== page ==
The U.S. movie studios reported ticket sales of $74.7 million last weekend. This may sound impressive, but it actually reflects a sharp 25 percent drop in comparison to the same weekend last year.
Unsurprisingly, the three most popular films in North America this summer were superhero movies made by the big studios: Warner Bros.’ “Wonder Woman” topped the chart with a domestic gross of $409 million; Disney’s “Guardians of the Galaxy Vol. 2” was next with $390 million; while Sony’s “Spider-Man: Homecoming” was a distant third with $324 million.
These figures were published Tuesday in a New York Times article that dealt with declining U.S. revenues in recent years. Among other things, it reported a 16 percent drop in total box office revenue over the summer months (which Hollywood counts as starting on the last Friday in May and ending after the Labor Day weekend).
Overall, box office revenues for the summer were the lowest since 1995. According to the NYT, the big studios are hoping to recover some ground with fall releases like the adaptation of Stephen King’s 1986 novel “It,” the eagerly anticipated sequel “Blade Runner 2049,” with Ryan Gosling and Harrison Ford, as well as two movies in Hollywood’s favorite genre, the superhero pic – “Justice League,” which sees this summer’s surprise package, Gal Gadot, make a speedy return to movie screens as Wonder Woman, and the third movie in the “Thor” franchise, “Ragnarok.”
It seems that American viewers tended to steer clear of movies that were savaged by critics or scored low on aggregation websites like Rotten Tomatoes and Metacritic. As a result, star-studded movies with scarily high budgets like “Valerian and the City of a Thousand Planets,” “The Mummy,” with Tom Cruise, and “Baywatch,” as well as sequels/prequels to “Alien,” “Planet of the Apes,” “Transformers,” “Pirates of the Caribbean” and “Cars” fared poorly at the box office.
While it may be easy to focus on the flops, it’s more interesting to look at the movies that were surprisingly successful. Take “Dunkirk,” for example. Here was a dark and unconventional World War II drama, written and directed by Christopher Nolan, which took in $178.8 million in the United States – the best box office return for a war movie since Michael Bay’s “Pearl Harbor” in 2001.
“Dunkirk” doesn’t feature traditional narrative storytelling, lacks scenes of bravery or redemption, and features protagonists who remain mysterious and quiet figures due to Nolan’s insistence on avoiding flashbacks. Is the success of such a film testimony to Nolan becoming a sufficiently known and respected director who is capable of attracting viewers to movie theaters?
If Nolan managed to draw viewers to his dark, melancholic movie, how come the much-discussed historical drama “Detroit,” by Oscar-winning director Kathryn Bigelow, flopped? (Her previous movies, “The Hurt Locker” and “Zero Dark Thirty,” garnered awards but weren’t box office hits, either.)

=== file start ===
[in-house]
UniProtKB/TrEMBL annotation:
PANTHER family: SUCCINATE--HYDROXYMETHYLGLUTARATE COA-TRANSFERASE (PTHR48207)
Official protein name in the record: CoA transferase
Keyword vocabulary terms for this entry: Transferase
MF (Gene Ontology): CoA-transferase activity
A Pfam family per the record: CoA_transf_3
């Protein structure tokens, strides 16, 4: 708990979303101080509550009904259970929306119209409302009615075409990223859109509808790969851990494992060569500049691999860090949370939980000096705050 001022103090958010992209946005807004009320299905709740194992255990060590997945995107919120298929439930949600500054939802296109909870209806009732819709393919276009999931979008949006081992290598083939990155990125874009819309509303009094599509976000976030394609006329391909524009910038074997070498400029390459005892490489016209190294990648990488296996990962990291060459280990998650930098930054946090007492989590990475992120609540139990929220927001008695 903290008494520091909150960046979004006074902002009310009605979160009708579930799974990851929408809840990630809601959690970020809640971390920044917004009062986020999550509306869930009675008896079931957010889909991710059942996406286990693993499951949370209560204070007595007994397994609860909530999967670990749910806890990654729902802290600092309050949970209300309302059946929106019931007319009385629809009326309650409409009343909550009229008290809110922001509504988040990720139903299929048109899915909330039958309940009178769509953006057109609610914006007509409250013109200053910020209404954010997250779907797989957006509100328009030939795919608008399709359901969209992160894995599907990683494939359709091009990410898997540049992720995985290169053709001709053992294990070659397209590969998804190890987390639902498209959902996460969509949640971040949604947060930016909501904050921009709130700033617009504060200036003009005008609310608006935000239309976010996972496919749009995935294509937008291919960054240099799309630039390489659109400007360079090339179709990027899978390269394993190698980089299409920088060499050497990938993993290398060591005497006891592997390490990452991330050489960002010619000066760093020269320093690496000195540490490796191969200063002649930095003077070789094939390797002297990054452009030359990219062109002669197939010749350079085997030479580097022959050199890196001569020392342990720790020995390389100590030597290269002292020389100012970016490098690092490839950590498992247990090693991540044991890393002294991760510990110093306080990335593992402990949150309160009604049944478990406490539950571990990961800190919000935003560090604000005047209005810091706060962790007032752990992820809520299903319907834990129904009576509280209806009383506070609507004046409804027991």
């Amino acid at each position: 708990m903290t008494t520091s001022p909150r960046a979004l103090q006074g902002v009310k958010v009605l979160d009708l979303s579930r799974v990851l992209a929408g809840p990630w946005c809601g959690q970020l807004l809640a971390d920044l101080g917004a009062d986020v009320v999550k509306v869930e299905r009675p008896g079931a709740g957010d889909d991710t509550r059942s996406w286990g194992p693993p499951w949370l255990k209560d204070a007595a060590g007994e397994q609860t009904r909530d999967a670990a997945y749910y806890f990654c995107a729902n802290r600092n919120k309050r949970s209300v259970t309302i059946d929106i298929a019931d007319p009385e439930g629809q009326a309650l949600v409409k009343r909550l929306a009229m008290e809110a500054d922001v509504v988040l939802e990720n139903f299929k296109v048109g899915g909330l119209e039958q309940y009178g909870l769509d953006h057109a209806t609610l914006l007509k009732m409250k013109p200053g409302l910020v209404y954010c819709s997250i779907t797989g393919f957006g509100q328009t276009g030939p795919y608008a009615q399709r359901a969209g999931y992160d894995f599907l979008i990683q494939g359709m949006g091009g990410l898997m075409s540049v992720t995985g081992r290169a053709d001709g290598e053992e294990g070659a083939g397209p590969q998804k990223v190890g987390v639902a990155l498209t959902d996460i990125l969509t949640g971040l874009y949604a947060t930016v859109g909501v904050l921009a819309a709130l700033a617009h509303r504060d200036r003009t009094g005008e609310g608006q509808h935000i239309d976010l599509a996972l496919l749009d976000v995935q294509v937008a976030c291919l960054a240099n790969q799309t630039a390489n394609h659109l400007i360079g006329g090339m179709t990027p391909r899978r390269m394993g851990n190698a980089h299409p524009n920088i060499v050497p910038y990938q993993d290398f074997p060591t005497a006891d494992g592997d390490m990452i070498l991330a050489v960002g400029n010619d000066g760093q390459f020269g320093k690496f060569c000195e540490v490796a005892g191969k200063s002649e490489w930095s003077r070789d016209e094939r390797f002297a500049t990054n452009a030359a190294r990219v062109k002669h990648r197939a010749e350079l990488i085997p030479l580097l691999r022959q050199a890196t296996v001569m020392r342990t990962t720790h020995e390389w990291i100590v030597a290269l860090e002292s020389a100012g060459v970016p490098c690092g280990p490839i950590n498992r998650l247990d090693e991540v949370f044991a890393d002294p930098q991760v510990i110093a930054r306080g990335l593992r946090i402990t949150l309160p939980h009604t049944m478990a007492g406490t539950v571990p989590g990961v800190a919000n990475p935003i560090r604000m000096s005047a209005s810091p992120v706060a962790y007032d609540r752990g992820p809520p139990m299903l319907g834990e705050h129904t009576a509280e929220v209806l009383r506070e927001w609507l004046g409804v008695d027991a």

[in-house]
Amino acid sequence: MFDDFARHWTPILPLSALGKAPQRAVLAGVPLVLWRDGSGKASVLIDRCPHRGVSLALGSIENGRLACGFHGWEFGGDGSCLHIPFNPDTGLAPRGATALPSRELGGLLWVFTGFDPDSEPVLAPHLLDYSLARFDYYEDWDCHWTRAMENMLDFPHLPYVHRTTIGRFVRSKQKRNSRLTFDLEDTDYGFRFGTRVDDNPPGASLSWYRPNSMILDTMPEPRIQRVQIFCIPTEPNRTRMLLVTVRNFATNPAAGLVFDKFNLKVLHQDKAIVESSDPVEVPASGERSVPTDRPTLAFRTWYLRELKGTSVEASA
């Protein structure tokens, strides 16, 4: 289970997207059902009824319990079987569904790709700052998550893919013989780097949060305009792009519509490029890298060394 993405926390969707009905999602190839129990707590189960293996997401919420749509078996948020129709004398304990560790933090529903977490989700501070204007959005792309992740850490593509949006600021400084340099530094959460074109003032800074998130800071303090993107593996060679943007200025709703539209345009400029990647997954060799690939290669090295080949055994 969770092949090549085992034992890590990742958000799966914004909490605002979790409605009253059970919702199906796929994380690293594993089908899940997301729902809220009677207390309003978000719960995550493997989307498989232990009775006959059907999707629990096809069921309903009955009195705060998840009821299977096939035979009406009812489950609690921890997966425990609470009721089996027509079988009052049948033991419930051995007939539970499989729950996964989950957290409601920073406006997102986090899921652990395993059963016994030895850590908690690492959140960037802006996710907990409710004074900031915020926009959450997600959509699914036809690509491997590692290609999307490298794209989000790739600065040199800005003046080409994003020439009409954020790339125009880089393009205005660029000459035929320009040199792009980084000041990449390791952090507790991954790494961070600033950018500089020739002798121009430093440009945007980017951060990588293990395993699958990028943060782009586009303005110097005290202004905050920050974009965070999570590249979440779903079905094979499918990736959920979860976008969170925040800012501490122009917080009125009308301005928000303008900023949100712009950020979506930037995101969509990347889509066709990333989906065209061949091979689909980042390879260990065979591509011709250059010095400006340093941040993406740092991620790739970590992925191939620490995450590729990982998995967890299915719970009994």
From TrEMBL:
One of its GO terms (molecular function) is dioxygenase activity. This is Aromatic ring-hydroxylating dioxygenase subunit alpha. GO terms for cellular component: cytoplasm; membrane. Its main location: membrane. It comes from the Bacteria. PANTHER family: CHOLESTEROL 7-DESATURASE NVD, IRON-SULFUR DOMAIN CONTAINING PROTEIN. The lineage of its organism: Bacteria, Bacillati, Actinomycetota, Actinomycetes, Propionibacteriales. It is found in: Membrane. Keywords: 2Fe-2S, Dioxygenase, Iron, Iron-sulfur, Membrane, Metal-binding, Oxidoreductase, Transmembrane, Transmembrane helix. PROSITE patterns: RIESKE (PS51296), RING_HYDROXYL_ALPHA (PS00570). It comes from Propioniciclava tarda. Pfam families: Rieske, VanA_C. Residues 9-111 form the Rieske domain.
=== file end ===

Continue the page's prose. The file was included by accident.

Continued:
It may be that “Detroit,” with a budget of $55 million but box office revenues of less than $20 million, highlights the fact that most ticket buyers still identify the summer season as a time of escapism. Even though it deals with World War II, “Dunkirk” still fits the escapist bill due to its impressive production values, large-scale battle scenes and classic Hollywood score by Hans Zimmer.
There’s an irony in the fact that, at a time when the U.S. president declares war on immigrants and calls to make America the greatest country again, the star who did the most to save Hollywood’s profit margins is an Israeli. Thanks to Gadot and her Wonder Woman character, Warner Bros. raked in over $800 million worldwide from the superhero pic. The film is still showing in many countries and may yet overtake last year’s top-grossing film, “Star Wars: Rogue One,” which took over $1 billion worldwide.
Gadot deserves her Hollywood success and it’s hard not to take delight when an Israeli actor becomes an international success. However, “Wonder Woman” illustrates the deep creative crisis Hollywood is experiencing. This is a confused comic book film, lengthy to the point of being boring, with a generally ridiculous and incredulous plot. It is also a terribly sexist and chauvinistic film in the guise of female empowerment, even though it was directed by a female in Patty Jenkins. More than anything, and through no fault of Gadot’s, it is a lazy film in terms of its script, doing little to evoke emotion, surprise or interest.
The fact that this was the cherry on the cake at the box office suggests that future summers will be no less arid, focusing yet again on sequels, remakes and endless attempts to squeeze dry old lemons such as Disney classics or Marvel and DC comic book franchises.
At a time when viewers prefer to consume high-quality TV series or wait until movies become available for streaming or downloading, Hollywood insists on sticking to brand names, reluctant to invest in movies that aren’t based on best sellers (such as King’s “It”), comics or stories based on true stories.
Along with the constant rise in ticket prices (increasing from $13 to $16 in New York over the last five years, hitting as much as $20 for 3-D or IMAX movies), the constant improvement in the quality of home screening technology and the unprecedented number of high-quality TV series, it seems this summer will not be the last one in which Hollywood reports declining revenues. And after a few years like that, even a beautiful Amazon princess will find it difficult to save the studios.
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